Neuromorphic computing, emulating structures and principles based on the human brain, provides an alternative and promising approach for efficient and low-consumption information processing.

Bian, Cao and Zhou examine the recent progress made in neuromorphic computing, highlighting significant improvements in devices, hardware and systems based on 2D materials, such as graphene and black phosphorus. These emerging 2D materials have layered structures and rich electronic properties, making them ideal for creating resistive-switching devices, ferroelectric-related devices, and novel structure transistors.

“The rapid development of artificial intelligence put demands on computing systems to handle large amounts of data,” said co-author Peng Zhou. “Conventional computing hardware based on the von Neumann architecture cannot cope with artificial intelligence tasks, because the processing and memory units are usually physically separated, inducing computing speed limitation and power cost.”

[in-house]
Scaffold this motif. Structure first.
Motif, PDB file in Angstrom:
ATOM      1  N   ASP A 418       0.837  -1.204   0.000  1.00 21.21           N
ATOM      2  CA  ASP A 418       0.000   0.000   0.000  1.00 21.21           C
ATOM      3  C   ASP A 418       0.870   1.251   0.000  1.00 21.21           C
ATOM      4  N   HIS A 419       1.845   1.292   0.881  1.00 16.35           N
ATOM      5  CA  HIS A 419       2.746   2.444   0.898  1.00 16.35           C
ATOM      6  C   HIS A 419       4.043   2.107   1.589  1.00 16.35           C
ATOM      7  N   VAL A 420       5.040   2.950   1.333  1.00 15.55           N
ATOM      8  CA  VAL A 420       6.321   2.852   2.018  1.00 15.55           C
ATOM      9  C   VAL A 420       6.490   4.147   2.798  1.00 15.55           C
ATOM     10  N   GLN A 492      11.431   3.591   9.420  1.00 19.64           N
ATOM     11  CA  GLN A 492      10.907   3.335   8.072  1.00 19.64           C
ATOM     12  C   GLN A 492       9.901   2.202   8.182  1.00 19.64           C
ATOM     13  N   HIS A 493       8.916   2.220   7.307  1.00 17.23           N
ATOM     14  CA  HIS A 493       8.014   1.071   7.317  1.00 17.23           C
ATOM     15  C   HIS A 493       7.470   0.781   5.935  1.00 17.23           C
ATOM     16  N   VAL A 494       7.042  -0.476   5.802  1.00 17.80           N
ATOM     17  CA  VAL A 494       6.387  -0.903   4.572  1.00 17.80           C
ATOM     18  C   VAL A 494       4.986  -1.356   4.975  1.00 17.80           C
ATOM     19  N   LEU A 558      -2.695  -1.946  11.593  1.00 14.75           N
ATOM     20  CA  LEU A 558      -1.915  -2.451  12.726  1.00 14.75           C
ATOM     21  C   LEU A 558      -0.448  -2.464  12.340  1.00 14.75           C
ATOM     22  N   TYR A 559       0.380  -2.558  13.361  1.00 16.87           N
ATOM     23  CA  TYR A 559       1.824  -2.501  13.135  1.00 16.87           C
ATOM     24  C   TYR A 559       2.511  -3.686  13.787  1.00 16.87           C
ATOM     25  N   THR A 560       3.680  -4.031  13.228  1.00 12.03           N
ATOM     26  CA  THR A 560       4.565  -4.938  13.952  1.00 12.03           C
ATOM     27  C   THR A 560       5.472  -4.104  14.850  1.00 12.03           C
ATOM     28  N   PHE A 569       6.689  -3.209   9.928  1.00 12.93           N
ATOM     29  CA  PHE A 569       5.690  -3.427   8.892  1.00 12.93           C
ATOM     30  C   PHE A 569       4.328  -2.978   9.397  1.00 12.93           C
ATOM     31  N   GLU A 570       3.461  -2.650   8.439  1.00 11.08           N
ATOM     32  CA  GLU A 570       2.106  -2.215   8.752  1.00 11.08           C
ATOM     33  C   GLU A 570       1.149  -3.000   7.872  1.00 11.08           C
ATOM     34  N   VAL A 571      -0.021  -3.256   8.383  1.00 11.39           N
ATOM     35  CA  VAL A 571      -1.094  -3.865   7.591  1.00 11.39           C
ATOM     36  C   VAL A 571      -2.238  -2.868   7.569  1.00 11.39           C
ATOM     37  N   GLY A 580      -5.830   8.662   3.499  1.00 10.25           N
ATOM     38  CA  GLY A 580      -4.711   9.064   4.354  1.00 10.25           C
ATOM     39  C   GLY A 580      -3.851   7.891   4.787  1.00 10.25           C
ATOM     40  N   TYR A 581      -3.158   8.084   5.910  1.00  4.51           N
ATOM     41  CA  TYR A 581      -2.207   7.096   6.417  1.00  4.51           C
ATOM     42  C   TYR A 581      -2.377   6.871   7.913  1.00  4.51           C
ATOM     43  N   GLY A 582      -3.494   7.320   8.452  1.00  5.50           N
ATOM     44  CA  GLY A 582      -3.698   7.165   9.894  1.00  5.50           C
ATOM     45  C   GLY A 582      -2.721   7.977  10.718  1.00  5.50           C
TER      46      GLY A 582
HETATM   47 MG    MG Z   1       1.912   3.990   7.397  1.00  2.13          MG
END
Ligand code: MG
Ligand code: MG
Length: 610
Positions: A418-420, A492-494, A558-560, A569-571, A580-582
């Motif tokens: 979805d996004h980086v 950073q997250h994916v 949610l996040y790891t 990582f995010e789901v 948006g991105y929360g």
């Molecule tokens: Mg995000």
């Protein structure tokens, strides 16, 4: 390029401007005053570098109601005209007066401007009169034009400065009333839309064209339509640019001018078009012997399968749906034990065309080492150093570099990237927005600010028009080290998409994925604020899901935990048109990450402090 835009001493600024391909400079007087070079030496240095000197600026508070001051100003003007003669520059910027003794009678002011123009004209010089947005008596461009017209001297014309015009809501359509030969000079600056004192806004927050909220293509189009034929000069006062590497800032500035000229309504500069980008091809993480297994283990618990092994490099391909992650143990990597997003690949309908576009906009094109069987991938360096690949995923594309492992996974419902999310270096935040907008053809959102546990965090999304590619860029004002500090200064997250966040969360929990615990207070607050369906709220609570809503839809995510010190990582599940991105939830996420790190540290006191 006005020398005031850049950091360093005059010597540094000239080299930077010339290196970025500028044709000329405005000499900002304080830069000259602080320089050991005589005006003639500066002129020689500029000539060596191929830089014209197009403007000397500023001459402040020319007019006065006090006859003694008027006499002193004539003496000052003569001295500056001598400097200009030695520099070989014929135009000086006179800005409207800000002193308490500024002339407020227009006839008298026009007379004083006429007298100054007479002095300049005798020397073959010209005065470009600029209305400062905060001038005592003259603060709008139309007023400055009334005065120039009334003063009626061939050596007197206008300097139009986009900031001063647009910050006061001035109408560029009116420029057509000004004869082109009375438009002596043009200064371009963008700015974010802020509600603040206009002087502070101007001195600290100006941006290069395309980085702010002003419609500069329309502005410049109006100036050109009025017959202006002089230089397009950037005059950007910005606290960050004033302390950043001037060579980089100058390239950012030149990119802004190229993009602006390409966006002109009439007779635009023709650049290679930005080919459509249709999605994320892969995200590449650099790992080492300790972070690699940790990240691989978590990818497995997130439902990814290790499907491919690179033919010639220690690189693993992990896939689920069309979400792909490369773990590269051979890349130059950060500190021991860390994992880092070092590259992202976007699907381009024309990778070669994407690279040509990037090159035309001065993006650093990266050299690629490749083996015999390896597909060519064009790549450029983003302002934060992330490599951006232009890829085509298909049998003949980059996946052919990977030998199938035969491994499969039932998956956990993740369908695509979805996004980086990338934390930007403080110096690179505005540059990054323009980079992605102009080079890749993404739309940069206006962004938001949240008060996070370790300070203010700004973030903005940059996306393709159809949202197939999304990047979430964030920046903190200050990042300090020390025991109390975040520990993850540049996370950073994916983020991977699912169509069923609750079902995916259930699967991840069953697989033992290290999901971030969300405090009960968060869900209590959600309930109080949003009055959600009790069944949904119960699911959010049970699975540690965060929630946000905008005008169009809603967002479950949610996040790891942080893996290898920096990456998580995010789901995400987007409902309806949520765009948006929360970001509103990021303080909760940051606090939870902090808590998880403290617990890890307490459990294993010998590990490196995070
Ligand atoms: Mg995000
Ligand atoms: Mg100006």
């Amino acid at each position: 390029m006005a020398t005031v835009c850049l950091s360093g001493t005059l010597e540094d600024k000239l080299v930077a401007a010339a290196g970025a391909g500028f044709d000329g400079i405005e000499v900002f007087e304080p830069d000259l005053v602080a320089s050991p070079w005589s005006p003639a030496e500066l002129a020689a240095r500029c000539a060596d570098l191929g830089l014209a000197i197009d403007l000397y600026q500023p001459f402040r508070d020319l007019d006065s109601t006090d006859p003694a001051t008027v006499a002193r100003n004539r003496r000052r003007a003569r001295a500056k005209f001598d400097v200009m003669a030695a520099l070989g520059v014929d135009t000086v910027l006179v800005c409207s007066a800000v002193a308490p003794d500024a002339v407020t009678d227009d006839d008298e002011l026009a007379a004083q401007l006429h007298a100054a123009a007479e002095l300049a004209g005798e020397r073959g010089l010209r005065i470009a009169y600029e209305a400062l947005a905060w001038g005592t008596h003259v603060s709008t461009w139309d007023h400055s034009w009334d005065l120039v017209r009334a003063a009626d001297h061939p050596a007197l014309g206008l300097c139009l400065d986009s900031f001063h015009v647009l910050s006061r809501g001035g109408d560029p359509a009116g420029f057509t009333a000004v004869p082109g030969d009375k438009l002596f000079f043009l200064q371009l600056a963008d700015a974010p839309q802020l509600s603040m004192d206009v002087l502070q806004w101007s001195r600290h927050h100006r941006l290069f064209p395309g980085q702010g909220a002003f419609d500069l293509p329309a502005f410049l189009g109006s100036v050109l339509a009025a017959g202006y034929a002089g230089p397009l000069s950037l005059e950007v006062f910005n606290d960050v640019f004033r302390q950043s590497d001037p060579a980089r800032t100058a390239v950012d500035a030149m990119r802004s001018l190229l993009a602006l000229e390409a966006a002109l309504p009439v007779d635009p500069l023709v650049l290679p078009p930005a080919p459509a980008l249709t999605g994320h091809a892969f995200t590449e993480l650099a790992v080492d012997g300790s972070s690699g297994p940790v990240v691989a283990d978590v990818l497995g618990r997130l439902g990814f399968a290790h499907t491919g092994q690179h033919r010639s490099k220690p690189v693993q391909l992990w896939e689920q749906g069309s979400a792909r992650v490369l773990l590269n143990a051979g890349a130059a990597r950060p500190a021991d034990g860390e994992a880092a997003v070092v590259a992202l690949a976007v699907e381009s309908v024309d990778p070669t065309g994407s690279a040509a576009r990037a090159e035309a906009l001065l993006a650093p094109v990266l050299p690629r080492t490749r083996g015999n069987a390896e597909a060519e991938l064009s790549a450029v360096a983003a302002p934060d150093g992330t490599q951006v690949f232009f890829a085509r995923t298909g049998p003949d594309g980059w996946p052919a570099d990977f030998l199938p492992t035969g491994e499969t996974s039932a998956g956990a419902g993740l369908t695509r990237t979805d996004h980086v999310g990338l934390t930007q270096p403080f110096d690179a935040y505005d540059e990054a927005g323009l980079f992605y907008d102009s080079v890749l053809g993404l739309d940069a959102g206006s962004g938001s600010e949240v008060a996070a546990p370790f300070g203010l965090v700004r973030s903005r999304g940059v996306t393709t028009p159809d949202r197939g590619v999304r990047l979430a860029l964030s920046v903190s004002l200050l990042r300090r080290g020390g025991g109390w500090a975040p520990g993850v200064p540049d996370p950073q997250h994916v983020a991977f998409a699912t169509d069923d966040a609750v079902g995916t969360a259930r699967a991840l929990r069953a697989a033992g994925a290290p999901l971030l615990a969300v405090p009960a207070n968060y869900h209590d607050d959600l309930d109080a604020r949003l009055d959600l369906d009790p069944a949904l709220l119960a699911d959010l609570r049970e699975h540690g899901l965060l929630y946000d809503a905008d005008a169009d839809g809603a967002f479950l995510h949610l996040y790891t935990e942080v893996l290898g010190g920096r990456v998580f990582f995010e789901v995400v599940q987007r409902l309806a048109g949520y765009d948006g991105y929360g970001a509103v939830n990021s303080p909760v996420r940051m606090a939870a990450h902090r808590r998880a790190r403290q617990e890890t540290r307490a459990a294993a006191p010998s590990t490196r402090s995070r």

In contrast, neuromorphic computer architecture utilizes 2D materials to mimic biological neural networks through transistors and capacitors, improving computing efficiency and power consumption. While conventional computing performs tasks in a linear sequence, 2D materials in neuromorphic computing can be stacked vertically to form functional blocks that can be further interconnected to create a grid, providing system-level integration.

“Human brains consist of a network of neurons and synapses and can handle multiple complex tasks in efficient parallelism with lower power consumption,” said Zhou. “Thus, neuromorphic computers simulating the working principle and functions of the human brain attracts broad interest.”

While the use of neuromorphic computers based on 2D materials is still in its infancy, developments will greatly aid and complement current techniques, and contribute to satisfying the demands of artificial-intelligence applications.

Source: “Neuromorphic computing: Devices, hardware and system application facilitated by two-dimensional materials,” by Jihong Bian, Zhenyuan Cao, and Peng Zhou, Applied Physics Reviews (2021). The article can be accessed at